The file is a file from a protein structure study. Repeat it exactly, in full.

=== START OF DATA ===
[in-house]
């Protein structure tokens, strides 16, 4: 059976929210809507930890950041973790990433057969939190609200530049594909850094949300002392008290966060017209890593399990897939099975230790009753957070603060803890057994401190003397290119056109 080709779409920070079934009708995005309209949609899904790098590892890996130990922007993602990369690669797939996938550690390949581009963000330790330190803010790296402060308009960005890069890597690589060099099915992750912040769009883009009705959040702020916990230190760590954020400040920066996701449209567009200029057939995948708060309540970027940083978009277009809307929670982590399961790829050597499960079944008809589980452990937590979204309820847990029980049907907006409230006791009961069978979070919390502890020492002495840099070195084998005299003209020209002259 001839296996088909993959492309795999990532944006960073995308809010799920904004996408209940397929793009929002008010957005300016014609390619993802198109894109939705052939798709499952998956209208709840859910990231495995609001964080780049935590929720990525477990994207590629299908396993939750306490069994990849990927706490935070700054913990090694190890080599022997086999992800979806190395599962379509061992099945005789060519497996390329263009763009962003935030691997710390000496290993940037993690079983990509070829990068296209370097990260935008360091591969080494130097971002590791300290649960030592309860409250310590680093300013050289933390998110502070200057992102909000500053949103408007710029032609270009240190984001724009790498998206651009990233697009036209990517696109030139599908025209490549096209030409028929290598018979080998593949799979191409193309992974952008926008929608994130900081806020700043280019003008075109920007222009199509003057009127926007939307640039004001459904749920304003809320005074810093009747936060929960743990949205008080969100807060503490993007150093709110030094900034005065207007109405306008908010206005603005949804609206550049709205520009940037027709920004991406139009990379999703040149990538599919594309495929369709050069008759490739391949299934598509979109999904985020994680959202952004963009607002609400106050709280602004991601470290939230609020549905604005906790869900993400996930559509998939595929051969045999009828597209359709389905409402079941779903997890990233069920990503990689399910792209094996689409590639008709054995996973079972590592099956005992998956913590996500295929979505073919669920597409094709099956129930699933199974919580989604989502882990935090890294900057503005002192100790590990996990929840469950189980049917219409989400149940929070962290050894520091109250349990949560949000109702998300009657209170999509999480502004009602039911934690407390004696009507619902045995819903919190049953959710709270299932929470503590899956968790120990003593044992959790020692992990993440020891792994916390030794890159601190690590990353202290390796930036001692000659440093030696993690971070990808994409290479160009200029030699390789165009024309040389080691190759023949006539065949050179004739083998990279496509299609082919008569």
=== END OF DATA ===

[in-house]
């Protein structure tokens, strides 16, 4: 059976929210809507930890950041973790990433057969939190609200530049594909850094949300002392008290966060017209890593399990897939099975230790009753957070603060803890057994401190003397290119056109 080709779409920070079934009708995005309209949609899904790098590892890996130990922007993602990369690669797939996938550690390949581009963000330790330190803010790296402060308009960005890069890597690589060099099915992750912040769009883009009705959040702020916990230190760590954020400040920066996701449209567009200029057939995948708060309540970027940083978009277009809307929670982590399961790829050597499960079944008809589980452990937590979204309820847990029980049907907006409230006791009961069978979070919390502890020492002495840099070195084998005299003209020209002259 001839296996088909993959492309795999990532944006960073995308809010799920904004996408209940397929793009929002008010957005300016014609390619993802198109894109939705052939798709499952998956209208709840859910990231495995609001964080780049935590929720990525477990994207590629299908396993939750306490069994990849990927706490935070700054913990090694190890080599022997086999992800979806190395599962379509061992099945005789060519497996390329263009763009962003935030691997710390000496290993940037993690079983990509070829990068296209370097990260935008360091591969080494130097971002590791300290649960030592309860409250310590680093300013050289933390998110502070200057992102909000500053949103408007710029032609270009240190984001724009790498998206651009990233697009036209990517696109030139599908025209490549096209030409028929290598018979080998593949799979191409193309992974952008926008929608994130900081806020700043280019003008075109920007222009199509003057009127926007939307640039004001459904749920304003809320005074810093009747936060929960743990949205008080969100807060503490993007150093709110030094900034005065207007109405306008908010206005603005949804609206550049709205520009940037027709920004991406139009990379999703040149990538599919594309495929369709050069008759490739391949299934598509979109999904985020994680959202952004963009607002609400106050709280602004991601470290939230609020549905604005906790869900993400996930559509998939595929051969045999009828597209359709389905409402079941779903997890990233069920990503990689399910792209094996689409590639008709054995996973079972590592099956005992998956913590996500295929979505073919669920597409094709099956129930699933199974919580989604989502882990935090890294900057503005002192100790590990996990929840469950189980049917219409989400149940929070962290050894520091109250349990949560949000109702998300009657209170999509999480502004009602039911934690407390004696009507619902045995819903919190049953959710709270299932929470503590899956968790120990003593044992959790020692992990993440020891792994916390030794890159601190690590990353202290390796930036001692000659440093030696993690971070990808994409290479160009200029030699390789165009024309040389080691190759023949006539065949050179004739083998990279496509299609082919008569």